Instructables

How to control a DC motor to run in both directions

Step 1: Parts needed

The parts, you need to make this can be found in any electronic store, or even lying around in your workshop (if you have any).

You'll need:

  • A DC motor.
  • A Double pole a.k.a. DPDT switch. preferably one with a center OFF position, so you can control the motor like this: Forward, stop and backwards.
  • A Power supply that suits the specs of the motor (has the voltage and amperage as the manufacturer of the motor recommends). In my case it was 2 AA batteries.
  • A Batteryholder (if you use batteries).
  • Some wire.

Step 2: Assemble it

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I don't think, this could be easier. Just follow my pictures.

Step 3: Applications

When I learned to make this circuit (I think I was 9 years old) I made a simple, little car that could drive forwards and backwards.

Now all you newbies out there: go make some creative with this circuit and post some pictures of it.
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neardood5 years ago
wow that is really simple! when I tried to do something like that I used heaps of diodes and sh1t like that but this works even better. Too bad I dont have a three-way switch like that on in my workshop anyway...
You could just use a 2 position switch and a separate switch to turn it on and off.
how would you do that
rwhite1911 months ago
for some reason I thought i would need a servo and micro controller to control the direction of something thanks so much
Arjun K B1 year ago
how to give signals from receiver to this dc motor
faerietree2 years ago
Thank you so much, too.
My problem now is, that I want to switch an AC motor.
But you mentioned this was for DC motors only. Is there a chance to get it work for an AC, too?
This would be genious..
It must me possible to invert the signal similarly ... don't you think so? (i want to control a vacuum cleaner at lower voltage -- i.e. 40 V - 120 V instead of 230 V)
Hope someone can help me noob.
ndeo2 years ago
Thank u..!
This helped me very much..!
jensenr303 years ago
NICE!
ricwip554 years ago
Good clear instructable. This is a question rather than a comment: can this be 'scaled' or 'beefed' up to switch a 12v starter motor running off a car battery ? Much higher currents - I'm trying to build a boat trailer 'tractor' . Thank you.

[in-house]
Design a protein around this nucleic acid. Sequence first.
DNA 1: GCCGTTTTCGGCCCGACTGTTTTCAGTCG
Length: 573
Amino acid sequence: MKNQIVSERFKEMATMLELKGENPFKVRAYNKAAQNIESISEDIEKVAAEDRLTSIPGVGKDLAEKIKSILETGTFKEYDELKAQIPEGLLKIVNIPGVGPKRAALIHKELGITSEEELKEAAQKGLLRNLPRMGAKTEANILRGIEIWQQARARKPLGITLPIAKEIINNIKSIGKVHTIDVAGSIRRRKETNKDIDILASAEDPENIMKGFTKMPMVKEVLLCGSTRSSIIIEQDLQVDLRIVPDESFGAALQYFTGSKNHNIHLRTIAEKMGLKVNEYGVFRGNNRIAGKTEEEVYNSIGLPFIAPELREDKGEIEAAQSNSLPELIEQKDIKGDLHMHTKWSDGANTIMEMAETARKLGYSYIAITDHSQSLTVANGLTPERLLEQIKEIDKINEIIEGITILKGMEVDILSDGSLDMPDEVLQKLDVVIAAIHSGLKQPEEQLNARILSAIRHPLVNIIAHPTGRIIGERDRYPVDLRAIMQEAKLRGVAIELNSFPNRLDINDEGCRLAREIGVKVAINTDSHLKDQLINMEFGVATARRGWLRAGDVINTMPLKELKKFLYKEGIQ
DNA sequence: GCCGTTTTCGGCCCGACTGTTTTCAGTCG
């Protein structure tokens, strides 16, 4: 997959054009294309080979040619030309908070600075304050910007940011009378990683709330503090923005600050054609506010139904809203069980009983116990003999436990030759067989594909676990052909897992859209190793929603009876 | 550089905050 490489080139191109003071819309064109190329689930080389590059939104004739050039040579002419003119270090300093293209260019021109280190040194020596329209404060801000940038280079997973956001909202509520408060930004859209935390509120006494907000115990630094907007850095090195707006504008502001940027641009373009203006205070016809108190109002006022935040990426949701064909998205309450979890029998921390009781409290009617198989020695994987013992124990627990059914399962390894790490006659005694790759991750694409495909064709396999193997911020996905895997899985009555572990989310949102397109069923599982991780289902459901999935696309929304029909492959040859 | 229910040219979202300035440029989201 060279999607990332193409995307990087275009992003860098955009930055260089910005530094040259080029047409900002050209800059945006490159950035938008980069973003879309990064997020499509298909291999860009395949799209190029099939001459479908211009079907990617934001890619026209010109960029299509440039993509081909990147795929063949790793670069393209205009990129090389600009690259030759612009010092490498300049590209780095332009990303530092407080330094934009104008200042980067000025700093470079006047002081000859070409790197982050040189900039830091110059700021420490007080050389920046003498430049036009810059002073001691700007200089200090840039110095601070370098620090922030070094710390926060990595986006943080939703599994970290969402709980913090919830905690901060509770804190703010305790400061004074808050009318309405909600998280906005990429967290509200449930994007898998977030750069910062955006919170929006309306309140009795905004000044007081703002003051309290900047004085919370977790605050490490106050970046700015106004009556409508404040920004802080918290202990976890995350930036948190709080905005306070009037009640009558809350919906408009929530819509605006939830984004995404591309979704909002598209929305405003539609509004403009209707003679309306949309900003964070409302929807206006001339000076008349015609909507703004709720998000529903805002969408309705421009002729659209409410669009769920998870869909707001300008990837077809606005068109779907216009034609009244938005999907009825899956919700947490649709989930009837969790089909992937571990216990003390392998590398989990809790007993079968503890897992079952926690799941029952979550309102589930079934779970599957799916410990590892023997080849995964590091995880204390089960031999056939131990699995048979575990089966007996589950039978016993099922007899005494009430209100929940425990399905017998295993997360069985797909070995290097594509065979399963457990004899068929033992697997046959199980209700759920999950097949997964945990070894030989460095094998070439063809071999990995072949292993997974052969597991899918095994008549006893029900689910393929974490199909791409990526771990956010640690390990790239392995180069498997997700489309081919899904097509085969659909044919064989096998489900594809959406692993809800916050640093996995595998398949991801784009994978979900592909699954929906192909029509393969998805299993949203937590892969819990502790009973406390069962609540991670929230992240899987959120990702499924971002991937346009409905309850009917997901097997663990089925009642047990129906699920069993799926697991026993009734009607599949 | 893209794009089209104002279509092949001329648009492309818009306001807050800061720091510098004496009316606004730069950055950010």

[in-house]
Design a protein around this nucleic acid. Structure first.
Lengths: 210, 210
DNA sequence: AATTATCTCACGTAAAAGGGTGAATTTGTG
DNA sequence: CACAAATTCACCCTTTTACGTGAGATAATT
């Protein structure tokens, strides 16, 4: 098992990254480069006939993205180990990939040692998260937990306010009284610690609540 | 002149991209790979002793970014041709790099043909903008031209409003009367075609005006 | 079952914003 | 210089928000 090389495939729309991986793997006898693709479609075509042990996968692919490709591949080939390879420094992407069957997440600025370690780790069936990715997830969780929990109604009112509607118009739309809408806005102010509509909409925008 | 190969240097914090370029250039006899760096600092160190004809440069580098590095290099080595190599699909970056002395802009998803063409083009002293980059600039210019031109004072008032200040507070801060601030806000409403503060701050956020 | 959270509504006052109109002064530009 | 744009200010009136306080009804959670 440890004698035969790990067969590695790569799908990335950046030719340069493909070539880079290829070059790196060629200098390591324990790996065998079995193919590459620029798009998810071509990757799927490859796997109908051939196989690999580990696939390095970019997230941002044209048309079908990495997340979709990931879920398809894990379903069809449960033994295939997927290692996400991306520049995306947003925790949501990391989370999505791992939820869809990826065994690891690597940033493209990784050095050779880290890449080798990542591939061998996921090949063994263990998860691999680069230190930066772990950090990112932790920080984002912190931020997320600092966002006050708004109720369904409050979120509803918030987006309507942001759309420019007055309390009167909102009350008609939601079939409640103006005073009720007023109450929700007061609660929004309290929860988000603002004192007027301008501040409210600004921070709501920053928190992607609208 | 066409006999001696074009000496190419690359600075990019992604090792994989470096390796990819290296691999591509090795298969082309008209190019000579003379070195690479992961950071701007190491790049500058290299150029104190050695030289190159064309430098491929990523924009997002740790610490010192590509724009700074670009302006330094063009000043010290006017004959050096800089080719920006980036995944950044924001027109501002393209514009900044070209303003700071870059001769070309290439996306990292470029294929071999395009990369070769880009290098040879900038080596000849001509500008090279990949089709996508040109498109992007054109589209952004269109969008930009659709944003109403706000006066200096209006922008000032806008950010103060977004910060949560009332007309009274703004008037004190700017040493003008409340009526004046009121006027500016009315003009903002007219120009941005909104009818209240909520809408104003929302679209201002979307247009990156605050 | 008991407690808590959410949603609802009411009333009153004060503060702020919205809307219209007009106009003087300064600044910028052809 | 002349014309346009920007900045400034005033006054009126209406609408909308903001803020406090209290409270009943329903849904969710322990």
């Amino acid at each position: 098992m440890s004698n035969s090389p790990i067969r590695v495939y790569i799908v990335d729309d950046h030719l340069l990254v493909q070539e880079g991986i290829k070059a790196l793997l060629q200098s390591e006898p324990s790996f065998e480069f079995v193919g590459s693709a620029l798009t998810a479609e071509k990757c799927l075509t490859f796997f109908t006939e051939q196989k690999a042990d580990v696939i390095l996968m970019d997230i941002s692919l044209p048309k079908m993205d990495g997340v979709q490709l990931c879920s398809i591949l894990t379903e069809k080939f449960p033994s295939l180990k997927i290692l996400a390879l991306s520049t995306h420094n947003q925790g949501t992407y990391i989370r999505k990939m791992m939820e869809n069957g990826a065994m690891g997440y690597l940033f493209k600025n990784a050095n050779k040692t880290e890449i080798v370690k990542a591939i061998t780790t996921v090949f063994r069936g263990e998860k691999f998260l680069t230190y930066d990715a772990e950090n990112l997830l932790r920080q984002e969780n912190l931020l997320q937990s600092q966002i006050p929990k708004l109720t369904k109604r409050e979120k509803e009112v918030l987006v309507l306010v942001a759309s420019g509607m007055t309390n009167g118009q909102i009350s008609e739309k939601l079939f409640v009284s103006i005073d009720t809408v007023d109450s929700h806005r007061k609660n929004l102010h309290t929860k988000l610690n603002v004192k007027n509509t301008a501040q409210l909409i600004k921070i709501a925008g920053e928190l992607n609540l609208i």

Sure, That would be possible. You'll just need a pretty heavy duty switch!
Thanks for the clear instructions! This has really helped me. I am building a robot for my son with some spare parts that I got for RC Tanks . We are trying to build this as cheaply as possible and this has really helped! Thank You.
abhinavrana3 years ago
u have not mention the mechanism of seperate switch so plz do it .................
 Hey i was wondering if it is possible to use something like a flipflop circuit, and control a motor, so that when a two prong switch was flicked on, the motor goes one way, and when two contacts are made, the motor turns off. When the switch is flicked the other way, the motor should turn on, but the other way.

I know that this is easily accomplished using a microcontroller, however i was wondering if anyone knew how to accomplish it without one. I tried modifying this flipflop circuit, but i could use some input.


flipflop.JPG
gud work ......man.............its realy simple ...............i realy appreciate ur work............bcuse it is without using microcontroler or pic
How could I make this powered by a microcontroller
You'll need a completely other circuit. Try this circuit. I've used it several times with an Arduino, and it works flawlessly.
Thank you very much for that link it is very helpful and wasy.
electric455 years ago
thanks for the help;)
hornbadoing5 years ago
howcom so manny ppl knew this when they wher 7 an 8
Because they are smart and into electronics.